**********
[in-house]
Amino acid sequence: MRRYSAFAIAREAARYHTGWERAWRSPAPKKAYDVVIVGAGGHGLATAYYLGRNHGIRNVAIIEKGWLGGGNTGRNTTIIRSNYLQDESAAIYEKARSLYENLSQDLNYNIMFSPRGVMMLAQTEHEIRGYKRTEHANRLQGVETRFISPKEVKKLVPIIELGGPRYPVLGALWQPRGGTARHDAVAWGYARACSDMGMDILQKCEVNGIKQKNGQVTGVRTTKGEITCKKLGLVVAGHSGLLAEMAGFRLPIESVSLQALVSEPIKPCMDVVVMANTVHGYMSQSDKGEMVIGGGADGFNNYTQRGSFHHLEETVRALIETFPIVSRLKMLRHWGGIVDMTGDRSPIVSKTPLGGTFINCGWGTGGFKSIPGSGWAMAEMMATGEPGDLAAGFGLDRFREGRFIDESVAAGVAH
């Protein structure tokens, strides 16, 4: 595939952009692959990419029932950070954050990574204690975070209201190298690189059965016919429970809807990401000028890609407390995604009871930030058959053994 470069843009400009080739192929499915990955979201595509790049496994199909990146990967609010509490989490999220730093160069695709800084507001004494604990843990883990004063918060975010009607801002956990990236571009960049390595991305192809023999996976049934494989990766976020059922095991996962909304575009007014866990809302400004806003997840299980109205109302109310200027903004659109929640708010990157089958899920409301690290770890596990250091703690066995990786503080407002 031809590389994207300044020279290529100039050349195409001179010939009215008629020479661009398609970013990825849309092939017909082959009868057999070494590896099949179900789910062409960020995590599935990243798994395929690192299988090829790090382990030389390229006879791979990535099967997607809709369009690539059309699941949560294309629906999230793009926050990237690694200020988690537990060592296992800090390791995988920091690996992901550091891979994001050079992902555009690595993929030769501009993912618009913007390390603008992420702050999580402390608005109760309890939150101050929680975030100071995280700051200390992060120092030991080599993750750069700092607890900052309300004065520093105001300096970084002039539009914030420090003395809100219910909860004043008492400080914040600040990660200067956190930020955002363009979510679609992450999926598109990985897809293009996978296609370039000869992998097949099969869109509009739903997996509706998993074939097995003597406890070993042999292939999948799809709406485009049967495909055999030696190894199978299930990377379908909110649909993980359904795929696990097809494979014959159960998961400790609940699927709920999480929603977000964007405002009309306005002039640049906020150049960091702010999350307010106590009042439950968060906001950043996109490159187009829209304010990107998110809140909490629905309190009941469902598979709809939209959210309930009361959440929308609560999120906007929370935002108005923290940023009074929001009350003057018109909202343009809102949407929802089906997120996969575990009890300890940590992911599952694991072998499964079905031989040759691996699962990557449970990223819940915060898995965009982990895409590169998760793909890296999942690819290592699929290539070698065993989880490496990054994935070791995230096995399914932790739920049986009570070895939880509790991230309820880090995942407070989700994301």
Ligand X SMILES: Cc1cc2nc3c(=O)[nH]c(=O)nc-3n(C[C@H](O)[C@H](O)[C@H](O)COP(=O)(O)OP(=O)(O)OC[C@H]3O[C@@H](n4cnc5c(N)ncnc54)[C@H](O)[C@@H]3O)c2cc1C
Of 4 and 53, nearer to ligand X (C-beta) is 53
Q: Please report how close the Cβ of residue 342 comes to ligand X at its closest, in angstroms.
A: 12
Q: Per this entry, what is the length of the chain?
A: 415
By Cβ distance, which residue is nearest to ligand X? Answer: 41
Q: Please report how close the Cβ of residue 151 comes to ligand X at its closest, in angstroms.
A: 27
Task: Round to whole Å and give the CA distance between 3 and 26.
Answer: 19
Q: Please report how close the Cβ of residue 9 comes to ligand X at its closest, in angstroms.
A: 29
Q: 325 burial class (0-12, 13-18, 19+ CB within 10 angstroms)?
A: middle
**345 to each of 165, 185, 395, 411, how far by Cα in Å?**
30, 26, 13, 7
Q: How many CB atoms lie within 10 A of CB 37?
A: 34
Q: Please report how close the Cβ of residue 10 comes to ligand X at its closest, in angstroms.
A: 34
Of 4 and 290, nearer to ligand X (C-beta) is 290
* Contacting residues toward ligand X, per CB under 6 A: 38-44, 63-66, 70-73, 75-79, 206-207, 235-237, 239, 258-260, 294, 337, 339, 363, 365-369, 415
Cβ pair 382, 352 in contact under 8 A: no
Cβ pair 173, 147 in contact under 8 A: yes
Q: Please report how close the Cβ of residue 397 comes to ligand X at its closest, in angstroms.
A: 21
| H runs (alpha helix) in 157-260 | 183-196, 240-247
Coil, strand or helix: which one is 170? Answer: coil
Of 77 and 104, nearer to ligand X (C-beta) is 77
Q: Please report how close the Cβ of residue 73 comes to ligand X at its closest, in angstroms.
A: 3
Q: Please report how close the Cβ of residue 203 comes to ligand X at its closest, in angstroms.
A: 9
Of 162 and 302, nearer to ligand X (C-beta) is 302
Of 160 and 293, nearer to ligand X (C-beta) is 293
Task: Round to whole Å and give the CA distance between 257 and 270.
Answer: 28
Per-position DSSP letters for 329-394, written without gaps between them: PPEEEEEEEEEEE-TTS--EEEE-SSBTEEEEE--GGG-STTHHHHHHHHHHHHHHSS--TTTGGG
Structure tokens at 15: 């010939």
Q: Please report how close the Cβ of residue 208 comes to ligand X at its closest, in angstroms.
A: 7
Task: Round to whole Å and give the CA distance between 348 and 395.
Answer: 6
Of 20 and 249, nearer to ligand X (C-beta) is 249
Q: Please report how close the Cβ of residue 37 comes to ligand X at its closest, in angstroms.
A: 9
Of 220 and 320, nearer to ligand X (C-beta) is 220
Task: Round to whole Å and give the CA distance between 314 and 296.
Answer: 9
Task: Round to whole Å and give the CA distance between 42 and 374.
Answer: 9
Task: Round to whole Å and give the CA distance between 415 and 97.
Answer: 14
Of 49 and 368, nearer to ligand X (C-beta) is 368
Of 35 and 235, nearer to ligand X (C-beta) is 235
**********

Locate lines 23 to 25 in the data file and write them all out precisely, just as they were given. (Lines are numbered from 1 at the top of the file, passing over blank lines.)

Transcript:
Q: Please report how close the Cβ of residue 10 comes to ligand X at its closest, in angstroms.
A: 34
Of 4 and 290, nearer to ligand X (C-beta) is 290